Last edited by acoufap; 03-07-2016 at 12:06 PM. Reason: Got dizzy from my words ;)
03-07-2016, 01:16 PM   #805
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QuoteOriginally posted by Simen1 Quote
The K-1 is very affordable for its class but still expensive for me. I have to stretch the economy a bit to be able to buy it. Including selling a K-5 and a couple of good APS-C lenses. That also means I don't have any budget left for expensive D-FA lenses, at least not this year. But I will do fine without. I plan to two APS-C lenses in combination with an old Tamron 28-200 zoom for FF, and a few good manual focus prime lenses. So, is it worth having a K-1 if I don’t also have a line up of expensive D-FA lenses? In my opinion, absolutely. I expect both better resolution and lower noise with all the FF capable. In addition I will get a versatile multi aspect sensor for my remaining APS-C lenses. I think it will be well worth the upgrade.
I guess this is choice everybody has to make, but to me if you were to invest first on lenses, even FF ones, you'll get immediates upgrades too, maybe much more visible with a smooth plan were you can spend a few hundred dollars at a time, for each lens and then when you'll be ready, chances are the K1 or even its successor are available for much less maybe 1000$.

So you could buy over a few months/years some FF lenses like a 70-200, a 24-70 or 28-75 that will instantly bring you low light and sharpenss leverage at least as much as a cropped APSC lens or slow 28-200 entry level zoom.

This would be paid 100% by selling the APSC lenses you own and by the discount you'd get on the FF.

The key difference is that you'd have a full FF line up, having to spend $1800, instead of spending $1800 and still having to buy a bunch of lenses.
03-07-2016, 01:31 PM   #806
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QuoteOriginally posted by Kunzite Quote
Sure. But I wouldn't say "we still do it", AFAIR we started doing it only after the advent of the digital, and terms like "crop format" and "full frame"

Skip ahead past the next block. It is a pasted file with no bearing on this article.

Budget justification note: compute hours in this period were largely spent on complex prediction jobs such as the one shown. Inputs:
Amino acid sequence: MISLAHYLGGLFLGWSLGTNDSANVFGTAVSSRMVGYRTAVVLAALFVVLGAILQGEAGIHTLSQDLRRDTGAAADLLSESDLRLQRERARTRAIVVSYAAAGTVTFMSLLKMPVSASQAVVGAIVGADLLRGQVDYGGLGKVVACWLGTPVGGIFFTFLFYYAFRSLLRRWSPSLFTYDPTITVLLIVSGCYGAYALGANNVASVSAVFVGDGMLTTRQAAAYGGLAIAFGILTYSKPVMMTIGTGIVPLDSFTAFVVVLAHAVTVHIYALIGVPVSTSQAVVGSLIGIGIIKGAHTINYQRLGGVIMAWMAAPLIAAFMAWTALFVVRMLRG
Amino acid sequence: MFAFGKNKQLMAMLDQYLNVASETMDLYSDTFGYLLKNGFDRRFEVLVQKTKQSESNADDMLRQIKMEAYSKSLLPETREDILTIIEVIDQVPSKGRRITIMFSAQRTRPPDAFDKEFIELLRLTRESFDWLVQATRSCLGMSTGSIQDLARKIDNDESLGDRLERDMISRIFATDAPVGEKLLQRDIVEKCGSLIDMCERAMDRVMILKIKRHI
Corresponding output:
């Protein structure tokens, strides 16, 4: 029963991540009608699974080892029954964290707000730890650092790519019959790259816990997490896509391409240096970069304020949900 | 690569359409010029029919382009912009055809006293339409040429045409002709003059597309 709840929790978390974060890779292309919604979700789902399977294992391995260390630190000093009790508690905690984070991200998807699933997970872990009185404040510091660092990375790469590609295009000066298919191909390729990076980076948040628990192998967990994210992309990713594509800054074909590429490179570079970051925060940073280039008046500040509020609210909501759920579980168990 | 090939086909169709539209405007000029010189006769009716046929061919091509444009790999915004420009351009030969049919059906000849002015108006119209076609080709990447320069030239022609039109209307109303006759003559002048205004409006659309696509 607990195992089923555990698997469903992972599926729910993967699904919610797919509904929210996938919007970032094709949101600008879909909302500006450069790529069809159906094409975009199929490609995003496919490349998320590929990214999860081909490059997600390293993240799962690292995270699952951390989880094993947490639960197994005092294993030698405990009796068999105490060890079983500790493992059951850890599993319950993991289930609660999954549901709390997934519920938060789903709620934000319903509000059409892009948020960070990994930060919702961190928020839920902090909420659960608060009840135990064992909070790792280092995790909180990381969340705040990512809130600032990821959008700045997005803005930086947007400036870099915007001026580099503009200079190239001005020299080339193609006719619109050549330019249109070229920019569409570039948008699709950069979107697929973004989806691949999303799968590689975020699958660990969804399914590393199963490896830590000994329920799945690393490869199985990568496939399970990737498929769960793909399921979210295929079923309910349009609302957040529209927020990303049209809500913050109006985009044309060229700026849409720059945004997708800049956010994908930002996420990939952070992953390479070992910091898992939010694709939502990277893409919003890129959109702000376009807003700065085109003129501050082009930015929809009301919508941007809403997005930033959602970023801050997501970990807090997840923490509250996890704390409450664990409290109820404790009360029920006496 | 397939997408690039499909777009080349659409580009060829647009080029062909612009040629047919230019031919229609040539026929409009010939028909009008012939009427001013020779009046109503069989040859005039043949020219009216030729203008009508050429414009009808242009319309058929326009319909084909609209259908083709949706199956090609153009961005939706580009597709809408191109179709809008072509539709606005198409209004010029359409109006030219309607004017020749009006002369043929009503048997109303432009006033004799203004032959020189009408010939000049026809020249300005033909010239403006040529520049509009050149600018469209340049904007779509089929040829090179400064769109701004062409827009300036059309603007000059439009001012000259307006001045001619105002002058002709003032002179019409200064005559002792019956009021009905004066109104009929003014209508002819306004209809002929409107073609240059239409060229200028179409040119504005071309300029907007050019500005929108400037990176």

I really don't remember people with medium format cameras relating their lenses to the small format, back in the old day. It's a digital thing.
Yes, larger format has always been a different world; it was in the days of film, and it is today. Twenty years ago, people using larger formats did not use 35mm as a reference, and today they do not use 35mm as a reference. But this began with your asking "why do we use the term 'full frame'?", and my answer was that those who use anything other than the larger formats now came from 35mm film; when we were all there, to us it was the "normal", and now it is the "standard" that we all look back to in common. When I said "we still do it" I thought it was clear that I was talking about those of us who migrated from 35mm film, which is the vast majority of us; back in the day, we all understood what a 50mm lens would show, and today we still use that as a standard measure regardless of what hardware we actually use. I believe the answer was straight-forward, and I don't understand why we have "wasted" so many electrons on it, so you may continue musing about the subject if you want to, but I have nothing more to say - in fact, I said it all in my first post on the subject.

Last edited by reh321; 03-07-2016 at 01:36 PM.
03-07-2016, 02:04 PM   #807
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Nicolas06. Thanks for kind advices. I plan to wait a while before buying the K-1. I'll pay close attention to the prices, especially november 25 "black friday".